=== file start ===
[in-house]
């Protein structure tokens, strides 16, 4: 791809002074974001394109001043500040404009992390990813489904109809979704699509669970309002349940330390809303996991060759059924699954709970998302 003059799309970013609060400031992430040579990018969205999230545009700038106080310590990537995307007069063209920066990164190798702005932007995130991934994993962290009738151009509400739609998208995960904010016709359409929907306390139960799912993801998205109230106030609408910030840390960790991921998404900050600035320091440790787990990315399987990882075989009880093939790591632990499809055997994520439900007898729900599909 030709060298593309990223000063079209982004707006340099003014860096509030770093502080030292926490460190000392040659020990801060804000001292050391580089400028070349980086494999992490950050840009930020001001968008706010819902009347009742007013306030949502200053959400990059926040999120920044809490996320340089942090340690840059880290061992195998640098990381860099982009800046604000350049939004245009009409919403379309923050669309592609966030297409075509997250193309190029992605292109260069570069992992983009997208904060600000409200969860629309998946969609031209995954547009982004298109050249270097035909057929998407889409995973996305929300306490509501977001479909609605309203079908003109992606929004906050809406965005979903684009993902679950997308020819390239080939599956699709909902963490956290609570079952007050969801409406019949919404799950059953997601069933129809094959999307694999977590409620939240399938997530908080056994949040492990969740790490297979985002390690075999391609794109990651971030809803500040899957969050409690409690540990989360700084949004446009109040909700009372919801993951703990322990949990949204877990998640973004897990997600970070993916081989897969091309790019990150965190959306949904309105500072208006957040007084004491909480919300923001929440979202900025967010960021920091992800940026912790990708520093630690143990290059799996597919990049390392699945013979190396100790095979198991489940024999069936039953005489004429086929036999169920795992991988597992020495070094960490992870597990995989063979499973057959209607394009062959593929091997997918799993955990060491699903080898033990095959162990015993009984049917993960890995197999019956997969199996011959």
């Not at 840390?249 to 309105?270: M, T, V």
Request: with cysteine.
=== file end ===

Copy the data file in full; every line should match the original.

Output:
[in-house]
């Protein structure tokens, strides 16, 4: 791809002074974001394109001043500040404009992390990813489904109809979704699509669970309002349940330390809303996991060759059924699954709970998302 003059799309970013609060400031992430040579990018969205999230545009700038106080310590990537995307007069063209920066990164190798702005932007995130991934994993962290009738151009509400739609998208995960904010016709359409929907306390139960799912993801998205109230106030609408910030840390960790991921998404900050600035320091440790787990990315399987990882075989009880093939790591632990499809055997994520439900007898729900599909 030709060298593309990223000063079209982004707006340099003014860096509030770093502080030292926490460190000392040659020990801060804000001292050391580089400028070349980086494999992490950050840009930020001001968008706010819902009347009742007013306030949502200053959400990059926040999120920044809490996320340089942090340690840059880290061992195998640098990381860099982009800046604000350049939004245009009409919403379309923050669309592609966030297409075509997250193309190029992605292109260069570069992992983009997208904060600000409200969860629309998946969609031209995954547009982004298109050249270097035909057929998407889409995973996305929300306490509501977001479909609605309203079908003109992606929004906050809406965005979903684009993902679950997308020819390239080939599956699709909902963490956290609570079952007050969801409406019949919404799950059953997601069933129809094959999307694999977590409620939240399938997530908080056994949040492990969740790490297979985002390690075999391609794109990651971030809803500040899957969050409690409690540990989360700084949004446009109040909700009372919801993951703990322990949990949204877990998640973004897990997600970070993916081989897969091309790019990150965190959306949904309105500072208006957040007084004491909480919300923001929440979202900025967010960021920091992800940026912790990708520093630690143990290059799996597919990049390392699945013979190396100790095979198991489940024999069936039953005489004429086929036999169920795992991988597992020495070094960490992870597990995989063979499973057959209607394009062959593929091997997918799993955990060491699903080898033990095959162990015993009984049917993960890995197999019956997969199996011959």
């Not at 840390?249 to 309105?270: M, T, V």
Request: with cysteine.